Seventeen children were among the 47 killed when the partly built seven-storey structure in Thane suburb collapsed on Thursday.
Police hunt for Mumbai death tower builders
NEW DELHI // The builders of a tower block that collapsed in Mumbai killing at least 47 people were being hunted by police yesterday as anger grew over illegal construction sites in India's cities.
Seventeen children were among those killed and 70 were injured when the partly-built seven-storey structure in Thane suburb collapsed on Thursday. Rescue teams had by yesterday afternoon pulled 15 survivors from the mass of steel and concrete.
"There may be a possibility people have been trapped inside right now," police commissioner KP Raghuvanshi said yesterday.
Digambar Jangale, a police inspector, said several of the dead were construction workers who were working and staying within the building itself. At the time of the collapse, between 100 and 150 people were thought to be in the building.
A case of culpable homicide has been registered against two builders, whom the police were trying to trace, he added. At least four floors of the building had been completed and were occupied. Workers had finished three more floors and were adding the eighth when it collapsed, Mr Jangale said. "The building was an unauthorised construction" that was being built from sub-par materials, a local municipality official told NDTV news channel.
The neighbourhood in which the building collapsed was part of a belt of more than 2,000 illegal structures that had sprung up in the area in recent years, said Sandeep Malvi, a spokesman for the Thane government.
"Notices have been served several times for such illegal construction," he said. GR Khairnar, a former top Mumbai official, said government officials who allowed the illegal construction should be tried along with the builders. "There are a lot of people involved in illegal construction - builders, government machinery, police, municipal corporation - everybody is involved in this process," he told CNN-IBN television.
The scourge of illegal structures in Mumbai, a city pressed for space and brimming with 18.5 million people, has posed stern challenges to authorities. The Brihanmumbai Municipal Corporation, the civic body that governs the city, announced this week that 65 of its engineers would from next month check illegal constructions or modifications of buildings.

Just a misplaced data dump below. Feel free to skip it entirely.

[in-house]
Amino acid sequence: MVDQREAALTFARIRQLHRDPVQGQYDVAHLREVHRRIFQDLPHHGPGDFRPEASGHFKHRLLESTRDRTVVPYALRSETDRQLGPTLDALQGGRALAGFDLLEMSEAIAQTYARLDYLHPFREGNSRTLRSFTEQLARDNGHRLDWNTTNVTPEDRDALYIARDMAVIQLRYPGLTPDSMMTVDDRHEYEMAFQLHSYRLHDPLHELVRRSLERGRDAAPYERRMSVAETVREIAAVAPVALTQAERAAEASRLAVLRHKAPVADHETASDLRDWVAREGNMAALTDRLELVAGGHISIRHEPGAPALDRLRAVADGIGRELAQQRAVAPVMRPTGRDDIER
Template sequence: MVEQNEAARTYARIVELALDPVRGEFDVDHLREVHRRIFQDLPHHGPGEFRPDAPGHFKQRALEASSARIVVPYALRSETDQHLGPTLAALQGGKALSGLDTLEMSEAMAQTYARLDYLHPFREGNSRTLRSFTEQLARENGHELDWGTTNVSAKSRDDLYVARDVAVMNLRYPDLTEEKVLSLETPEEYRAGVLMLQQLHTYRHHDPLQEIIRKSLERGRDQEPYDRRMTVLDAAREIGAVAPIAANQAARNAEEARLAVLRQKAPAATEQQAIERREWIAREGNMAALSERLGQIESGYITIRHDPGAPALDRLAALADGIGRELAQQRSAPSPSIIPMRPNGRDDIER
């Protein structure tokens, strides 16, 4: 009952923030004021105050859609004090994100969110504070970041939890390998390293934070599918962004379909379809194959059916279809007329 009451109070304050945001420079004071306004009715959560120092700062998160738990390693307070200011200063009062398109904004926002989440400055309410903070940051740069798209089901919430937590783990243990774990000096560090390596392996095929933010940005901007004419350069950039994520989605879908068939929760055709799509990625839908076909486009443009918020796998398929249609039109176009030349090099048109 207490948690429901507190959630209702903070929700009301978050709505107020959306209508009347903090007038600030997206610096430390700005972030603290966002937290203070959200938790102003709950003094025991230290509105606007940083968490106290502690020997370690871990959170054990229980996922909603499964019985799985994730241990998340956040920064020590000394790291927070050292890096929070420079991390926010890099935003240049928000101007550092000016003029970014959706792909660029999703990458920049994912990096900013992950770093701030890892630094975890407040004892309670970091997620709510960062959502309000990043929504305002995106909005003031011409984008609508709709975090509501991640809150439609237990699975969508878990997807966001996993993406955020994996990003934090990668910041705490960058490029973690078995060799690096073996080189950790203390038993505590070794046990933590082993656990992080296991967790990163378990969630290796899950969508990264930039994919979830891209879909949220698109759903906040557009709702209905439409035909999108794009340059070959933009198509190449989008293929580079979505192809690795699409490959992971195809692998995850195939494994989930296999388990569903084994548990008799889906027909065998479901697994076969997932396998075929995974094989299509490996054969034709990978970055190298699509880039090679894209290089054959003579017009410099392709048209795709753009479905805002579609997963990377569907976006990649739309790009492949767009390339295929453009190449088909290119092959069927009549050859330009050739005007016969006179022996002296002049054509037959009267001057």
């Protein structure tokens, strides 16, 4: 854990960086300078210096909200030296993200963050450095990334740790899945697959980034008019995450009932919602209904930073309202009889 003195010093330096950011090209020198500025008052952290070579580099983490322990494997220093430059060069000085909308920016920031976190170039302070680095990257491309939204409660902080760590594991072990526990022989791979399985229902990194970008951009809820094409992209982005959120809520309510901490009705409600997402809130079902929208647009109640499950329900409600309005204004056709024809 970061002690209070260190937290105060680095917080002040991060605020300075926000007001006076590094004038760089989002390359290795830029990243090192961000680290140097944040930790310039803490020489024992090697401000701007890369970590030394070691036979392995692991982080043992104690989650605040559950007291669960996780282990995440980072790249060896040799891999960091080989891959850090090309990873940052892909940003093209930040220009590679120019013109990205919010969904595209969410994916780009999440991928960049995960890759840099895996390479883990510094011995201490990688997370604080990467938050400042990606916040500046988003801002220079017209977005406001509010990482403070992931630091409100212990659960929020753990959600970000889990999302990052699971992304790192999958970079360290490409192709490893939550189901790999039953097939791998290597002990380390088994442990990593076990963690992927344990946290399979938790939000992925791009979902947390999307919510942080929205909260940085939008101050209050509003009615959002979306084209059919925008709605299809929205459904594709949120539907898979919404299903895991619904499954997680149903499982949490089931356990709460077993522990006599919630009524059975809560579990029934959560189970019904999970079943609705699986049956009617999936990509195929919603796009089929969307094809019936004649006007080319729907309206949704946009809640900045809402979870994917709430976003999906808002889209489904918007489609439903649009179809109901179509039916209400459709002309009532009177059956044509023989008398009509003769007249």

The engineers will be empowered to order demolitions where necessary, and they will be able to act on complaints from citizens and activists. "This amendment will not only help curb unauthorised construction and corruption, but also ensure there is no passing the buck among officers," Mohan Adtani, Mumbai's municipal commissioner, told the Times of India on Tuesday.
But the initiative has come too late for the dozens of people affected by this week's tragedy in Thane. Similar challenges exist in other Indian cities. In late February, India's Supreme Court criticised the government for failing "miserably" in its duty to regulate construction activities in urban areas.
"In last five decades, the provisions contained in various municipal laws for planned development of the areas to which such laws are applicable have been violated with impunity in all the cities, big or small," a two-judge bench said.
In Delhi, police reported more than 4,500 illegal constructions to municipal authorities over the last year, according to a statement in parliament by M Ramachandran, the junior home minister. In total, civic agencies have been notified of about 84,000 such constructions over the last four years.
The Delhi High Court, in February, directed city authorities to begin demolishing illegal buildings and accused municipal officials of being either tardy or corrupt in their duties. "Immediate prosecution of errant officials is the only way to end the menace," the court said.
With additional reporting by Associated Press